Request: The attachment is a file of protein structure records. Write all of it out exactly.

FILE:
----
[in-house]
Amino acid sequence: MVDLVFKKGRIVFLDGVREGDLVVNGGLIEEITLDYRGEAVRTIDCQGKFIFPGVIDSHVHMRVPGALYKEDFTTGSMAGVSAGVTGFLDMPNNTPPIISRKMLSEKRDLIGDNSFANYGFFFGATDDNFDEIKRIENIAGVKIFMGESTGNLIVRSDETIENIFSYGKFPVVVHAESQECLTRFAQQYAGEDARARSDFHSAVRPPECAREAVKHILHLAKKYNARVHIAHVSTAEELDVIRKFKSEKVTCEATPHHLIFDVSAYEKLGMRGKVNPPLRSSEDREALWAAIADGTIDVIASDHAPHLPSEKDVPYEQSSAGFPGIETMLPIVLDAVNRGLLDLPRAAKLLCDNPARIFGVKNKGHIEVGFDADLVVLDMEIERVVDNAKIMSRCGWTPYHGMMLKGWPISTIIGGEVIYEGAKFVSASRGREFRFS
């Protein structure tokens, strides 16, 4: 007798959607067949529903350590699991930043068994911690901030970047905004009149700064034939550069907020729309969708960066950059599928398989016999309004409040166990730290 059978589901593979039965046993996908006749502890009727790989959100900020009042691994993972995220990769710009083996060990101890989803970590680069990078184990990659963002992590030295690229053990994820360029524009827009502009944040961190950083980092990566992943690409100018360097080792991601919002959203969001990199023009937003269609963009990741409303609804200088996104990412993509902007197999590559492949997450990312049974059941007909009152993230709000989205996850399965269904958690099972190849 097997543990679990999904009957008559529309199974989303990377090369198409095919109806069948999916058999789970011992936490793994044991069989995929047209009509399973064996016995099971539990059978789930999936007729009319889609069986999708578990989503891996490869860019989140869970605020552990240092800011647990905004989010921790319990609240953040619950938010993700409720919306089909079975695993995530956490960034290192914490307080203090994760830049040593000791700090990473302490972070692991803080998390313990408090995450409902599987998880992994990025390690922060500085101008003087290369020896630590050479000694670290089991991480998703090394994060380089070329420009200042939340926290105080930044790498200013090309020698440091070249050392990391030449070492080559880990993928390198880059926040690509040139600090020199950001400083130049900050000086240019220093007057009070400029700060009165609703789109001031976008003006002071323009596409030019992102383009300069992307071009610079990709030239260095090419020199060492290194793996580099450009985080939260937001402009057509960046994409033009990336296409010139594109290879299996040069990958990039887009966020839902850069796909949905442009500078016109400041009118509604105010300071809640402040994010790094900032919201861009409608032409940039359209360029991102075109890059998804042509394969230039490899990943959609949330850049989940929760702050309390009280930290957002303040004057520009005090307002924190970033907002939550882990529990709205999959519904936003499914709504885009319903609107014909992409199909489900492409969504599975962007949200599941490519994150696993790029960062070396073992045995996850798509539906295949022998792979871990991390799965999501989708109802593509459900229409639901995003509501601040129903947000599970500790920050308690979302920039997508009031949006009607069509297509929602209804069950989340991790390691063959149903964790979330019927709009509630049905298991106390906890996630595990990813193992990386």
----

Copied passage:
[in-house]
Amino acid sequence: MVDLVFKKGRIVFLDGVREGDLVVNGGLIEEITLDYRGEAVRTIDCQGKFIFPGVIDSHVHMRVPGALYKEDFTTGSMAGVSAGVTGFLDMPNNTPPIISRKMLSEKRDLIGDNSFANYGFFFGATDDNFDEIKRIENIAGVKIFMGESTGNLIVRSDETIENIFSYGKFPVVVHAESQECLTRFAQQYAGEDARARSDFHSAVRPPECAREAVKHILHLAKKYNARVHIAHVSTAEELDVIRKFKSEKVTCEATPHHLIFDVSAYEKLGMRGKVNPPLRSSEDREALWAAIADGTIDVIASDHAPHLPSEKDVPYEQSSAGFPGIETMLPIVLDAVNRGLLDLPRAAKLLCDNPARIFGVKNKGHIEVGFDADLVVLDMEIERVVDNAKIMSRCGWTPYHGMMLKGWPISTIIGGEVIYEGAKFVSASRGREFRFS
């Protein structure tokens, strides 16, 4: 007798959607067949529903350590699991930043068994911690901030970047905004009149700064034939550069907020729309969708960066950059599928398989016999309004409040166990730290 059978589901593979039965046993996908006749502890009727790989959100900020009042691994993972995220990769710009083996060990101890989803970590680069990078184990990659963002992590030295690229053990994820360029524009827009502009944040961190950083980092990566992943690409100018360097080792991601919002959203969001990199023009937003269609963009990741409303609804200088996104990412993509902007197999590559492949997450990312049974059941007909009152993230709000989205996850399965269904958690099972190849 097997543990679990999904009957008559529309199974989303990377090369198409095919109806069948999916058999789970011992936490793994044991069989995929047209009509399973064996016995099971539990059978789930999936007729009319889609069986999708578990989503891996490869860019989140869970605020552990240092800011647990905004989010921790319990609240953040619950938010993700409720919306089909079975695993995530956490960034290192914490307080203090994760830049040593000791700090990473302490972070692991803080998390313990408090995450409902599987998880992994990025390690922060500085101008003087290369020896630590050479000694670290089991991480998703090394994060380089070329420009200042939340926290105080930044790498200013090309020698440091070249050392990391030449070492080559880990993928390198880059926040690509040139600090020199950001400083130049900050000086240019220093007057009070400029700060009165609703789109001031976008003006002071323009596409030019992102383009300069992307071009610079990709030239260095090419020199060492290194793996580099450009985080939260937001402009057509960046994409033009990336296409010139594109290879299996040069990958990039887009966020839902850069796909949905442009500078016109400041009118509604105010300071809640402040994010790094900032919201861009409608032409940039359209360029991102075109890059998804042509394969230039490899990943959609949330850049989940929760702050309390009280930290957002303040004057520009005090307002924190970033907002939550882990529990709205999959519904936003499914709504885009319903609107014909992409199909489900492409969504599975962007949200599941490519994150696993790029960062070396073992045995996850798509539906295949022998792979871990991390799965999501989708109802593509459900229409639901995003509501601040129903947000599970500790920050308690979302920039997508009031949006009607069509297509929602209804069950989340991790390691063959149903964790979330019927709009509630049905298991106390906890996630595990990813193992990386």